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Theh Body Farm
Murder investigators have long known that corpses feed an ever-changing army of insects. Now a growing body of entomological research is helping them solve more crimes.

by Pearl Tesler

Modern forensic entomology was born—hatched, really—on a wooded hillside in Knoxville, Tennessee. There, on a few acres known as the Body Farm, human corpses decay alfresco in the name of science.
Forensic anthropologist William Bass III founded the Body Farm at the University of Tennessee in 1971. Since then, hundreds of human carcasses have been put out to pasture there. At any given time, there are forty or so "guests" putrefying on the premises, some in car trunks, some in the shade, some in the sun, some underground.

As nature does its work, each wave of insects and waft of gases is carefully noted. The changing cast of characters is predictable, but factors like the season, the weather, and the location of the body affect what happens. The data collected help law enforcement agencies around the world gather and interpret clues.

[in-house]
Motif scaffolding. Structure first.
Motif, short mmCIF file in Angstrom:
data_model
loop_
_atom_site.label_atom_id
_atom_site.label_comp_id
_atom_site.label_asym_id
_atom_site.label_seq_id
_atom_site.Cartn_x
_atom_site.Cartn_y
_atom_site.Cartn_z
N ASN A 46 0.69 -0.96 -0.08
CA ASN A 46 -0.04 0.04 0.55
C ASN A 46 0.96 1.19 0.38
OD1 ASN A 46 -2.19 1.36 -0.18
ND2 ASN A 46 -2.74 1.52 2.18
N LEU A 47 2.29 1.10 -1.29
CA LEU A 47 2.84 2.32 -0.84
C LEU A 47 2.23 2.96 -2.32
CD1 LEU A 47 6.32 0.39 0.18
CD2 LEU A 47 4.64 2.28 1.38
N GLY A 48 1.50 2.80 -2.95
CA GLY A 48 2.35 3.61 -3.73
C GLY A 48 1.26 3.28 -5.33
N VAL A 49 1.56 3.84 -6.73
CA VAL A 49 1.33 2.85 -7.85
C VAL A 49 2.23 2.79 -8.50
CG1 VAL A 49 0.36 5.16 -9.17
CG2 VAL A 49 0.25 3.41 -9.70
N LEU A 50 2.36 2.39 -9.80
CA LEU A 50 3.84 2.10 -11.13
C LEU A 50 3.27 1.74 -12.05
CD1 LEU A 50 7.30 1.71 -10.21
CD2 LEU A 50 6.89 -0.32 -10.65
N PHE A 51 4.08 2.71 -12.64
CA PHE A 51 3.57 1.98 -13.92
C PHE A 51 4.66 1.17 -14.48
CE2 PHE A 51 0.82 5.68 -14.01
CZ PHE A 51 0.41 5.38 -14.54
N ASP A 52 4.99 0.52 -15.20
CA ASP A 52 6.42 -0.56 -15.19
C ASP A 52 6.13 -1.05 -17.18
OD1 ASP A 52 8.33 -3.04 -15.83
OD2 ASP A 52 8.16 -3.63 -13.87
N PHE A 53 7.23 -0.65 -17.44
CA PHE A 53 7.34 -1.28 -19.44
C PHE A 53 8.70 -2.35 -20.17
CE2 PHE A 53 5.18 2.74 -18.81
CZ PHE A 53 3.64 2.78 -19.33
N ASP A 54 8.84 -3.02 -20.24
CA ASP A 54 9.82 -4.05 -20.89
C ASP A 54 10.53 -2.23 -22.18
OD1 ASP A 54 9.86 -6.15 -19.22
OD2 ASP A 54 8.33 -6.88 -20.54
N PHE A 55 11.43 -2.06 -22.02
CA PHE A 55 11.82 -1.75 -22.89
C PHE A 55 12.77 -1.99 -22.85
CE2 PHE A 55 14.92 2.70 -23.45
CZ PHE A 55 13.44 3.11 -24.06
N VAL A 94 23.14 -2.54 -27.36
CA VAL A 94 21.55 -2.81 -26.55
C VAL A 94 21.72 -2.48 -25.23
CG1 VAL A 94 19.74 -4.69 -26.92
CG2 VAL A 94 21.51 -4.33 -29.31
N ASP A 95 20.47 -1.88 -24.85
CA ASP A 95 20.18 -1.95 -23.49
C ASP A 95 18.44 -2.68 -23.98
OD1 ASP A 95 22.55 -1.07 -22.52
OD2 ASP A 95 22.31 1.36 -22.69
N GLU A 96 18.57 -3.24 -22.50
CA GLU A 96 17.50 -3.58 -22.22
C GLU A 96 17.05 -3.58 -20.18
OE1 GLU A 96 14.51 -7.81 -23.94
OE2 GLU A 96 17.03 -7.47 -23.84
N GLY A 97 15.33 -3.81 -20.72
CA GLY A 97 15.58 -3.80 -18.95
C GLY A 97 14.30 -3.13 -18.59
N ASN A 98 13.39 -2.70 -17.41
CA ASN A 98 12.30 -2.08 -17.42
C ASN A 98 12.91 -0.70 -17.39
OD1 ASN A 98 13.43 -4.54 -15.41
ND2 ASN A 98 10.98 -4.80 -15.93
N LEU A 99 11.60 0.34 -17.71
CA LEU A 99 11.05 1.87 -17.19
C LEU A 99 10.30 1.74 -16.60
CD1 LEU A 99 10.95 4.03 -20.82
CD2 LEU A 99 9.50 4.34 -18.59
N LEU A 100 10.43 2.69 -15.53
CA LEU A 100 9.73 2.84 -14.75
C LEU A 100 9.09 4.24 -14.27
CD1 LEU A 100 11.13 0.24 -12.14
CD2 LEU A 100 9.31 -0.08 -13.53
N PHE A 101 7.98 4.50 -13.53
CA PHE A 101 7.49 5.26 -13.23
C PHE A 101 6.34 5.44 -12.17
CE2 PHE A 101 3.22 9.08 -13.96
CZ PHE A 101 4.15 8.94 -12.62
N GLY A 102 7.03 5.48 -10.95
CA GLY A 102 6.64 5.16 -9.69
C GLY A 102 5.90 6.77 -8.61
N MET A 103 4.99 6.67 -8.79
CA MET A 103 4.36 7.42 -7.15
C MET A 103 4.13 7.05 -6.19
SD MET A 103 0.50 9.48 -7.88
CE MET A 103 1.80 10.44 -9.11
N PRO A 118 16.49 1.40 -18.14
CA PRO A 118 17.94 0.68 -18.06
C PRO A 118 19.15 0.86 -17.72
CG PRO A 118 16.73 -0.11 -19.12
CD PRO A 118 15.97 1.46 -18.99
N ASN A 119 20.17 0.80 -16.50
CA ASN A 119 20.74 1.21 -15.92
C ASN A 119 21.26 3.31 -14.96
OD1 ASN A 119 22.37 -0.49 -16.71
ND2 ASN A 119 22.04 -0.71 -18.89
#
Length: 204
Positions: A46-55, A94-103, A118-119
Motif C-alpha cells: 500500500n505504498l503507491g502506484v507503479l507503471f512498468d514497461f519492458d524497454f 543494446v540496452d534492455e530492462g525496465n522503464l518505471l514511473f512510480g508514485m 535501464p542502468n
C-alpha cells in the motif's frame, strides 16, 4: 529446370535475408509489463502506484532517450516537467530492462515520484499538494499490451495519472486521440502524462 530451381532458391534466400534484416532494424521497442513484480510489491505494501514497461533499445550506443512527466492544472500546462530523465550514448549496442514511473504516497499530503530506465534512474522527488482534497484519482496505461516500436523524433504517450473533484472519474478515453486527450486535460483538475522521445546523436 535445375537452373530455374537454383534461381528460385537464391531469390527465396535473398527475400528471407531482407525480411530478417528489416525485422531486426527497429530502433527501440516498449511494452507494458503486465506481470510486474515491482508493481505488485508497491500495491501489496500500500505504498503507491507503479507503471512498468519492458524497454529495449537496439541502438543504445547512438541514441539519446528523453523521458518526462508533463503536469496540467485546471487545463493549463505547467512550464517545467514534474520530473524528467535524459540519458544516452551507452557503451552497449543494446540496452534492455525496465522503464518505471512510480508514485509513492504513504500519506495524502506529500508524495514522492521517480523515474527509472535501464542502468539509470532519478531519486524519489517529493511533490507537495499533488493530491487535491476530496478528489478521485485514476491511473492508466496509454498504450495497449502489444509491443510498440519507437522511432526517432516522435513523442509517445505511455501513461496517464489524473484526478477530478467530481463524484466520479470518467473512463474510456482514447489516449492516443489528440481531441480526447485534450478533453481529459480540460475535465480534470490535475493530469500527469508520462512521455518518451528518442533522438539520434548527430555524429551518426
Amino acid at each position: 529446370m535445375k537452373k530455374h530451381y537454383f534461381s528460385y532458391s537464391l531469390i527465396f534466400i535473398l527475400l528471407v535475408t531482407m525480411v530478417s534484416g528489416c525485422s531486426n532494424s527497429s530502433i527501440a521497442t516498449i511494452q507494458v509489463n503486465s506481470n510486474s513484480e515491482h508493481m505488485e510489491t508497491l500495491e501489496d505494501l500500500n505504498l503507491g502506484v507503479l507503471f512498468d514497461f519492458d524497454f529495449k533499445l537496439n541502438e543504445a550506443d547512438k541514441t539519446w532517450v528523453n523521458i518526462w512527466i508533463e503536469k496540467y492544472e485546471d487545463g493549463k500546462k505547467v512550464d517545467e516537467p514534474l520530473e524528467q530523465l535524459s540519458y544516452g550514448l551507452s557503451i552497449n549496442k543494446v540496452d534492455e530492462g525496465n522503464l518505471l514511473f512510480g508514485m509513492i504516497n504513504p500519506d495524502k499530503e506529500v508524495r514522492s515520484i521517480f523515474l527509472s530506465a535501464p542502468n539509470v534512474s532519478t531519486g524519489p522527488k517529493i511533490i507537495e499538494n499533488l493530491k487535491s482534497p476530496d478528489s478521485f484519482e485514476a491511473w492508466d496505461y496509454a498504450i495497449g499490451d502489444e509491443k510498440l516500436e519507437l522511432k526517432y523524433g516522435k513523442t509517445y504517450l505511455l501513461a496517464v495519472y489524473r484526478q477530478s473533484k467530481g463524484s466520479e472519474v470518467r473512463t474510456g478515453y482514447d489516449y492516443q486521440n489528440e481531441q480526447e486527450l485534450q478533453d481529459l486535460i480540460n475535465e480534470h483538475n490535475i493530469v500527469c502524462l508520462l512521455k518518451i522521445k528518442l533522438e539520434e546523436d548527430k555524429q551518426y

Skull The only facility of its kind, the Body Farm was born of necessity. While entomological evidence is often the only way to establish the time of death in murder cases, squeamishness and cultural taboos had led to a void of research on the topic. The need for closer study became apparent to Bass when local police asked him to estimate the age of an unearthed corpse. Flesh still on the bones led Bass to believe the corpse was one year old. However, the body turned out to be that of a Confederate soldier, dead for over a hundred years.

Now, thanks to three decades of rotten work, Bass and his colleagues have unparalleled expertise in the field of decay. In fact, for the last several years, the FBI has made a trip to the Body Farm a part of basic training for a select group of agents.

Bodies for the Farm come from various sources, including unclaimed corpses from medical examiners’ offices and prisons. A fence topped with razor wire keeps uninvited visitors out, but there is another way to get into the Body Farm. Thanks to growing publicity, hundreds of people—outdoor types—have willed their bodies to the facility.


This story originally appeared in the Insects issue of the "Exploratorium Magazine."

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